On June 12, 1998, about 1100 eastern daylight time, a Bellanca 7GCBC , N87027, lost power and collided with trees, near Nicklesville Georgia. The aircraft departed Milledgeville, Georgia, at 0900 for the purpose of conducting a power line patrol. The aircraft was operated under the provisions of Title 14 CFR Part 91, and visual flight rules. Visual meteorological conditions prevailed at the time of the accident, and no flight plan had been filed. The commercial pilot and the passenger received no injuries, and the aircraft was substantially damaged.

According to the pilot, he was tracking a power line between the cities of Gordon and Dublin Georgia, when he turned east to follow a tap line to the Oconee 10 substation. Upon reaching the station, the pilot executed a 180 degree turn, and applied full power to climb out of the valley, but the engine would not produce full power. While maneuvering in the wooded area following the loss OF engine power, the airplane collided with the trees.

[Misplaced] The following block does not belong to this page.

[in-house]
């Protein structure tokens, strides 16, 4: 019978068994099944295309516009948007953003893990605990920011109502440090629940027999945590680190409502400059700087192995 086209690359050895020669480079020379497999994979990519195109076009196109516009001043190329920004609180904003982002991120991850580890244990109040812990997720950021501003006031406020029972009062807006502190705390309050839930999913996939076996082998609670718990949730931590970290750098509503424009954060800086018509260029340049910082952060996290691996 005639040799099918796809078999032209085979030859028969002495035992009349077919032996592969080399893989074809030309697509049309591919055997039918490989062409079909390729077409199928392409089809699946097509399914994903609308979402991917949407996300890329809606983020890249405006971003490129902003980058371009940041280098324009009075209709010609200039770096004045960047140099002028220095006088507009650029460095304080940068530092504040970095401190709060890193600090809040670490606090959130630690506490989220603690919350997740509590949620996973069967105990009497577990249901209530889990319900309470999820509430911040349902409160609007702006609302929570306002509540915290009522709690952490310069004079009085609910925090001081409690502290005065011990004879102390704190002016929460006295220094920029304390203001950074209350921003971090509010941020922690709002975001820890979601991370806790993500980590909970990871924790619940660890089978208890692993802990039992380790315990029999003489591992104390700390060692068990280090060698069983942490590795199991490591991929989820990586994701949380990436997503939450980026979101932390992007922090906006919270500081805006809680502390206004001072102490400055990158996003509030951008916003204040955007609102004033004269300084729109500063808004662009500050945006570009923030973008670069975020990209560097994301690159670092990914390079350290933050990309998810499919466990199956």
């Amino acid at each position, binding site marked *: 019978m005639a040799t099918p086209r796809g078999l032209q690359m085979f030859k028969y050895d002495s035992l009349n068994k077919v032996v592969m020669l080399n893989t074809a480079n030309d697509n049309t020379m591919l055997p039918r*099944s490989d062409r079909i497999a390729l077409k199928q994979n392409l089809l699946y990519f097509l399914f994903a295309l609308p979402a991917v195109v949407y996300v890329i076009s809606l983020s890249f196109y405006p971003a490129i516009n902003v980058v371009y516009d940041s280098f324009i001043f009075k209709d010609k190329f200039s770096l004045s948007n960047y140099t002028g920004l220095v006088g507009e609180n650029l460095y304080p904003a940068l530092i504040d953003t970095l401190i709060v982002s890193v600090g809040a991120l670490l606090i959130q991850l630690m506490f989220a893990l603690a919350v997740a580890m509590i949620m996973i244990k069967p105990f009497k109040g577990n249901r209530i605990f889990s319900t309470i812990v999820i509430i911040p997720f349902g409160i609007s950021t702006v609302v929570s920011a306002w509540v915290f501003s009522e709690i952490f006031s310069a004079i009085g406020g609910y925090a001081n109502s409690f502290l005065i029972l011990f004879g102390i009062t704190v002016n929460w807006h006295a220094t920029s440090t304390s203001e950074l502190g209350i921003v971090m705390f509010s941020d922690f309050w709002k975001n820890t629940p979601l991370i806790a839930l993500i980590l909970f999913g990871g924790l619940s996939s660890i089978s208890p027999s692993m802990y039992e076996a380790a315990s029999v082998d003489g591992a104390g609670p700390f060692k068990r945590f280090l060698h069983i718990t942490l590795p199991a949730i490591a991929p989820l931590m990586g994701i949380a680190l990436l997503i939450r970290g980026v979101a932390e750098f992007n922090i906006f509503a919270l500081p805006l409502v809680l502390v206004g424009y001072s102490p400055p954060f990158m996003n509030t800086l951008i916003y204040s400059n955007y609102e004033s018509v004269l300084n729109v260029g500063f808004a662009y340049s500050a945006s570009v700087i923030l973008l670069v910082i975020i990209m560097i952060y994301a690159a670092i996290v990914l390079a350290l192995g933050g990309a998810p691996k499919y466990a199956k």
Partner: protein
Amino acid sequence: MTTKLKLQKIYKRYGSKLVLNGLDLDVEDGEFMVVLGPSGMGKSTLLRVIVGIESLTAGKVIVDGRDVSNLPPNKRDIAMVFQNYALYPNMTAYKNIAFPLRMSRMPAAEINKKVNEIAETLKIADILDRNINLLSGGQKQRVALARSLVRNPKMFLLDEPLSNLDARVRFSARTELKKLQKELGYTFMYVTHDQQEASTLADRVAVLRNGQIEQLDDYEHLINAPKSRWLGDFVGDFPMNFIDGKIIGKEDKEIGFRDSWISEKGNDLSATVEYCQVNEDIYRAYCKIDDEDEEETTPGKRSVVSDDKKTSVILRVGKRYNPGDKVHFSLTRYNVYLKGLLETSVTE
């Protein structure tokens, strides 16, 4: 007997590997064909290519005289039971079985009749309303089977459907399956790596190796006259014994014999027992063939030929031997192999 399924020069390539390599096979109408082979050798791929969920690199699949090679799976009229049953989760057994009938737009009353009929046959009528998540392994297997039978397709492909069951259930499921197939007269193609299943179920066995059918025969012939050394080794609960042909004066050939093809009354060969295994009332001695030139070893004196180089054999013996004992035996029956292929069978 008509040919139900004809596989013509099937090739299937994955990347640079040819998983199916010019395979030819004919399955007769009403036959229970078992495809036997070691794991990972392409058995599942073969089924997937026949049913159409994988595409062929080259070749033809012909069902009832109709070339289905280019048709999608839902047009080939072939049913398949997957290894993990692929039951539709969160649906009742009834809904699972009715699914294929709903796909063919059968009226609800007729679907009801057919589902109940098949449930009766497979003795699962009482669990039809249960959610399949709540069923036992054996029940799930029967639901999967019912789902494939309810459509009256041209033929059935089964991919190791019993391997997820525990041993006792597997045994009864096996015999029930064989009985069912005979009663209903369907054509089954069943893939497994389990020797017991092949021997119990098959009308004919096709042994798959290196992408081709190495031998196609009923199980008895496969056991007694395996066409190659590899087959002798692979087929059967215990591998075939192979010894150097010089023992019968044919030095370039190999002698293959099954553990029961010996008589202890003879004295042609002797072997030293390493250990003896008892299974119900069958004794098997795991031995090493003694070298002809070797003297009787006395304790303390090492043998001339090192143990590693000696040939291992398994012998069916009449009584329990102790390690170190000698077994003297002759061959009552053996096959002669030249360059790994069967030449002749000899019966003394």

According to the FAA, the aircraft's left wing made first contact with trees and separated outboard of the fuel tank. The right wing broke wrapping around the right side of the aircraft under the fuselage, and the fuselage aft of the baggage compartment was buckled from what appeared to be the tail of the aircraft hitting the ground first. The propeller cut through several tree limbs and one blade was bent and twisted forward. The engine was intact and remained attached to the airframe, and fuel was found in both tanks. No presence of water or other contaminates were found in the fuel system. On inspection, six of the eight spark plugs had been firing normal to slightly rich, with the lower plugs showing signs of lead fouling. Examination of the magnetos revealed that the left magneto produced a good spark at least 1/2 inch, while the right magneto produced a weaker spark of 1/8 inch. The propeller was rotated, compression was felt at all cylinders, and the impulse couplings clicked on each stroke confirming the engine's integrity. On July 20, 1998, the FAA inspector conducted an additional test on the right and left magneto to confirm their integrity. According to the FAA inspector both magnetos operated normally.

A review of current weather data disclosed that conditions were favorable for the formation of carburetor ice.

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